Whoever came up with the brilliant idea of stripping these cars before selling them back isn’t as clever as they think they are. Contracts – and an offer to buy back, when accepted, is a contract, even if it’s made under the conditions of a legal settlement – are subject to an implied covenant of good faith and fair dealing, which this behavior pretty clearly flies in the face of. I’m not ordinarily one to side with the house versus the player, but in this case I sincerely hope that the trolls who tried this end up learning a lesson from it.

    • 0 avatar
      Kyree S. Williams

      I kind of understand why you’d try this. Ostensibly, the cars are going to the crusher anyway. I think the judge and the attorney (and VW) reacted fairly. And the worst-case scenario for these people is that they end up re-installing all the parts and then turning in the cars.

      • 0 avatar

        not necessarily. like any other repurchased vehicle, VW would be able to re-sell them after repairing them/bringing them into compliance. now, we know that’s not likely for the EA189 cars but it’s still possible.

        Steve Lehto did a podcast about this last week but took it down because the Internet Lawyers on Youtube got incredibly vicious.

    • 0 avatar

      Even if the cars can’t be fixed they are still worth more complete to VW than they are stripped. From what I’ve seen the only requirement is for them to remove and destroy the defeat device, ie the computer. They are free to sell them to wrecking yards who will pay less for a car that someone has already taken all the good parts off of.

  • avatar
    Jeff S

    I would be so happy to get the money that I would not want to take a chance stripping the car. I would not buy any VW but if I had one of these diesels I would take the money and not repeat the mistake of buying another VW.

  • avatar

    I think that *none* of them are getting crushed. VW wants whole cars that they can distribute to 3rd world markets that will take them……Africa, South America, and Asia. Otherwise, why would they care how the cars showed up for turn-in?

    The documentation we all signed said the car only had to roll under its own power……I actually spent some time wondering what it would take to swap the six-speed manual in my 2015 GSW for the automatic in my old Passat wagon, but getting the full payout won over all in the end.

    • 0 avatar

      Before VW is allowed to export them, under the terms of the settlement, they MUST bring emissions into compliance with US Emissions, and there’s no evidence yet they’ll be able to do this, especially with the older cars.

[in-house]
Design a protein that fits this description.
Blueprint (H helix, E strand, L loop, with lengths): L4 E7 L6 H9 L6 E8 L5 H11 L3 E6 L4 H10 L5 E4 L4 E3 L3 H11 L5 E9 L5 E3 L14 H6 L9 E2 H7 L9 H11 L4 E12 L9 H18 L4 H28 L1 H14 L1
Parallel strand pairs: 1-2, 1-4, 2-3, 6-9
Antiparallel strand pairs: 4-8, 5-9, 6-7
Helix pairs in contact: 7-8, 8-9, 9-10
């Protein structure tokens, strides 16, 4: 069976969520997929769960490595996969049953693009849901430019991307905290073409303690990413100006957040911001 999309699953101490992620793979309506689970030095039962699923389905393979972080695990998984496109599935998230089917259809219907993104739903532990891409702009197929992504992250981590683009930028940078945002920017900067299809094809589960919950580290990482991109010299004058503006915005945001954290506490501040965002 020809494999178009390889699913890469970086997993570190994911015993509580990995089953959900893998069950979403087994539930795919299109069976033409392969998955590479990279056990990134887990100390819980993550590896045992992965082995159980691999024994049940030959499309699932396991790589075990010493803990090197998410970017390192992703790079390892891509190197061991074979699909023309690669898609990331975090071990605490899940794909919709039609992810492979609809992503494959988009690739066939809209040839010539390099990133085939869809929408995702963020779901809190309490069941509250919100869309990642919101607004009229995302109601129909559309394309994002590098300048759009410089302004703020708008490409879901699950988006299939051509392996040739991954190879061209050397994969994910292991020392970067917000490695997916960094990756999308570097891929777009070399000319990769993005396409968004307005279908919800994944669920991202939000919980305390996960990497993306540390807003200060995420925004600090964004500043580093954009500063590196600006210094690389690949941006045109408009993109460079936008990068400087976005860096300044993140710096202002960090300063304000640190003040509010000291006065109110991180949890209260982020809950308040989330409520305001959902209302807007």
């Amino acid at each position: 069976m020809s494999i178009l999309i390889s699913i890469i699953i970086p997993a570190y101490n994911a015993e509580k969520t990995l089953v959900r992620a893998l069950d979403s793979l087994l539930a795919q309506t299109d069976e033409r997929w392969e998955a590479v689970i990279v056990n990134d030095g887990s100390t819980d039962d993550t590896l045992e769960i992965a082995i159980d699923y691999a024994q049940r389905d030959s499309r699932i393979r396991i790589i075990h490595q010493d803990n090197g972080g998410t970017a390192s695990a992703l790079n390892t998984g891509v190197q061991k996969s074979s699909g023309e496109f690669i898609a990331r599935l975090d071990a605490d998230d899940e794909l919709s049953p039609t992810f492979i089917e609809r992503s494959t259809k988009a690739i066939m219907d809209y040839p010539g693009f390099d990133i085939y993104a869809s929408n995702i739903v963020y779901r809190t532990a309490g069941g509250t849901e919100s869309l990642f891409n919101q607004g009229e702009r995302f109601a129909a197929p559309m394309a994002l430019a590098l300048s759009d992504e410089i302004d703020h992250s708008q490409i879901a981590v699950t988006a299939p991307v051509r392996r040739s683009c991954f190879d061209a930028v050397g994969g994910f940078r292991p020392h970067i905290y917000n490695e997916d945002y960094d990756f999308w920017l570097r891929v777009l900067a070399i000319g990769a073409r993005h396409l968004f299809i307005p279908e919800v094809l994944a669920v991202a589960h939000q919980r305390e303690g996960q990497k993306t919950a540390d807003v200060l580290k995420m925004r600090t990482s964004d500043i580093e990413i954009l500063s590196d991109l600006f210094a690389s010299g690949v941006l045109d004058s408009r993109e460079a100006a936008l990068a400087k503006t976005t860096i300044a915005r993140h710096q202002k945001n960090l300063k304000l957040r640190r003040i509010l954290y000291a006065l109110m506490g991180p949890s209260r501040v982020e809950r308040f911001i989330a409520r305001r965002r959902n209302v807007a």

• avatar
    Jeff S

    Maybe they will export these VWs to 3rd World countries but then they might end up being crushed. VW might find it less problematic to just destroy these cars than to have a youtube video of these cars being loaded on a boat to send to 3rd World countries. The bad PR would outweigh the recovery of losses.

    • 0 avatar

      They cannot ship them out of the country in running condition unless they meet EPA spec, which shouldn’t apply to sales in other countries but does. I doubt that it makes economic sense for VW to pull the engines, drag them on and off the boat, and re-power these cars at some foreign port. They have no practical option other than to suck it up.

  • avatar
    Turbo Is Black Magic

    I would swap body panels with every other TDI I could find… turn in a modern harlequin with VW’s current 50 shades of grey. It’s technically not stripped…

  • avatar

    Unfortunately the judge’s statements do absolutely nothing to clarify what’s excessive. Stripping all the body panels “goes too far”, but VW was also cautioned about being too picky about condition. So how far can one go?

    • 0 avatar

      “Unfortunately the judge’s statements do absolutely nothing to clarify what’s excessive.”

      This is correct.

      I haven’t accessed the docket, but courts speak through their orders, and unless this judge has issued a ruling that has been turned into an order clarifying in detail what is and and is not acceptable, in terms of what condition the vehicles must be returned in, he is not doing a very effective job of eliminating any (and hopefully all) confusion.

    • 0 avatar

      Agreed, the judge has left too much room in favor of VW. Things like wheels and stereos are changed by owners all the time. Is VW going to start being dicks about perfectly normal choices? And who is to say what is normal? For some people, ditching nice alloy rims in favor of steelies and winter tires is perfectly rational. And we are talking VW fanboys here, those folks are well-known to play Lego set with their cars to begin with.

      • 0 avatar

        Most people that put winter tires on steelies keep the alloys around for summer, making them available to turn in with the car.

        I think in general, if you turn in the car with significant parts missing, you’ll need a good reason why. And “removed and sold it a couple days before turning it in” is going to be the wrong answer.

    • 0 avatar

      I don’t blame him for not being definitive. He has better things to do than sit down by the fire with a copy of ETKA and list out all the part numbers and assemblies VW can demand stay on the car.

      It’s not at all unusual for a judge to issue an order like this one that can be summed up with “Do you feel lucky punk, well, do ya?” These crop up all the time when one party or another in a case is misbehaving while staying in the letter of a rule/law and clearly violating its spirit.

      An owner is welcome to try and find the limits the judge is willing to accept, but they do so at their peril.

  • avatar

    Those who want an additional pound of flesh from VW could just put a carefully located dent in each panel, just big enough to make the body work necessary to resell uneconomical. Other passive-aggressive sabotage could include contamination of the vital fluids. Doing anything like that would be wrong, and is not recommended.
    We still don’t know what will happen to these cars in the future. Even if VW tries to suck it up and do the right thing, they have lost a huge number of future customers.

  • avatar

    This result should surprise nobody. The intent of the agreement is clear, and deliberately maximizing harm to VW is well outside of it.

    In other news, if anybody was wondering why contracts for the simplest transactions often run dozens of pages, now you know.